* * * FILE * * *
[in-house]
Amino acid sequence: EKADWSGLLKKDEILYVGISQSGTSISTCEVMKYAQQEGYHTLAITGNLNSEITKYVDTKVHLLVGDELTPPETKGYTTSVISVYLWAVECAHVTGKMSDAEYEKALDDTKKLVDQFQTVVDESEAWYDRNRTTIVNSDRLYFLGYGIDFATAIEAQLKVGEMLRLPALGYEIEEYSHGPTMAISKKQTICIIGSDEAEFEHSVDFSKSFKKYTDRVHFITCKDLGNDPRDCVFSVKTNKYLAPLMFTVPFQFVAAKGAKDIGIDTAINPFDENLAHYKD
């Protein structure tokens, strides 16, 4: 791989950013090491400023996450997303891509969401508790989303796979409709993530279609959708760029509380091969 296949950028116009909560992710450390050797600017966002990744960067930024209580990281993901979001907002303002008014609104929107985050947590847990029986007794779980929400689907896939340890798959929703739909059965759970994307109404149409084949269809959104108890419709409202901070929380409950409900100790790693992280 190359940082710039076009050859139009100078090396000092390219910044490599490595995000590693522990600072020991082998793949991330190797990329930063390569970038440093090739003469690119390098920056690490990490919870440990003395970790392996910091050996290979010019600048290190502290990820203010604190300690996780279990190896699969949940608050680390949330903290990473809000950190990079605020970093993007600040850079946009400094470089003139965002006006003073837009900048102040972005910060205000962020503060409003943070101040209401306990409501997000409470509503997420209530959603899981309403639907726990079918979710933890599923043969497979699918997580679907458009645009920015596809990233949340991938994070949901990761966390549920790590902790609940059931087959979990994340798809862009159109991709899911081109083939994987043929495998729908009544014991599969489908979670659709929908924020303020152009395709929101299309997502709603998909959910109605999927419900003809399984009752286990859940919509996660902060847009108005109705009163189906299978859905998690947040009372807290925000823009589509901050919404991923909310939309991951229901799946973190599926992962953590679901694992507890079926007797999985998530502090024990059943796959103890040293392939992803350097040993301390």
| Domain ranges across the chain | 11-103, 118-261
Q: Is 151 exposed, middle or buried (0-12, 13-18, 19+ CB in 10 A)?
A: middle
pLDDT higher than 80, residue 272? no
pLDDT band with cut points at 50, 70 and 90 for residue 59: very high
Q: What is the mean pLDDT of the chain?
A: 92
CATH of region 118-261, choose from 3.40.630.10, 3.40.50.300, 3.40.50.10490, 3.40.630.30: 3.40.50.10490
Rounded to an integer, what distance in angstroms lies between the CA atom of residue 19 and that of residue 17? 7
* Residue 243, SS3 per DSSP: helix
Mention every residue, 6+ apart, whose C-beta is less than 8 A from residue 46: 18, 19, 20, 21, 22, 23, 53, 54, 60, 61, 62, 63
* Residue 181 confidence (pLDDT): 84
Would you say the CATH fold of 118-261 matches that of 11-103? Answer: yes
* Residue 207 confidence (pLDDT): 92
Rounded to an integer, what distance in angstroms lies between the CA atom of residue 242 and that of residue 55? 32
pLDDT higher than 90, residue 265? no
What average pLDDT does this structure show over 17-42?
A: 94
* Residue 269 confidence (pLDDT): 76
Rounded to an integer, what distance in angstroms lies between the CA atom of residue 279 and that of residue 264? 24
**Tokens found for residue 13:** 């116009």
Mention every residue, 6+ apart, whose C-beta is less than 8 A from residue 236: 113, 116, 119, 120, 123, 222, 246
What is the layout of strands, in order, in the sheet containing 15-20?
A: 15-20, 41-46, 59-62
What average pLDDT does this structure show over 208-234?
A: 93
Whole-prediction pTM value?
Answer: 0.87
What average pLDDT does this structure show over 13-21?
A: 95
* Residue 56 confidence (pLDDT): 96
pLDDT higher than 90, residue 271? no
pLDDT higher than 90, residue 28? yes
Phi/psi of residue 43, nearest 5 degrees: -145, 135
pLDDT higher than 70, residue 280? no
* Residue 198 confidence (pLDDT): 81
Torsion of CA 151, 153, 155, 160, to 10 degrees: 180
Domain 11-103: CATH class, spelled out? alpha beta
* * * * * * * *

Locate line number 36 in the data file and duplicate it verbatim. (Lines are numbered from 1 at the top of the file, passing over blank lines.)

pLDDT higher than 90, residue 28? yes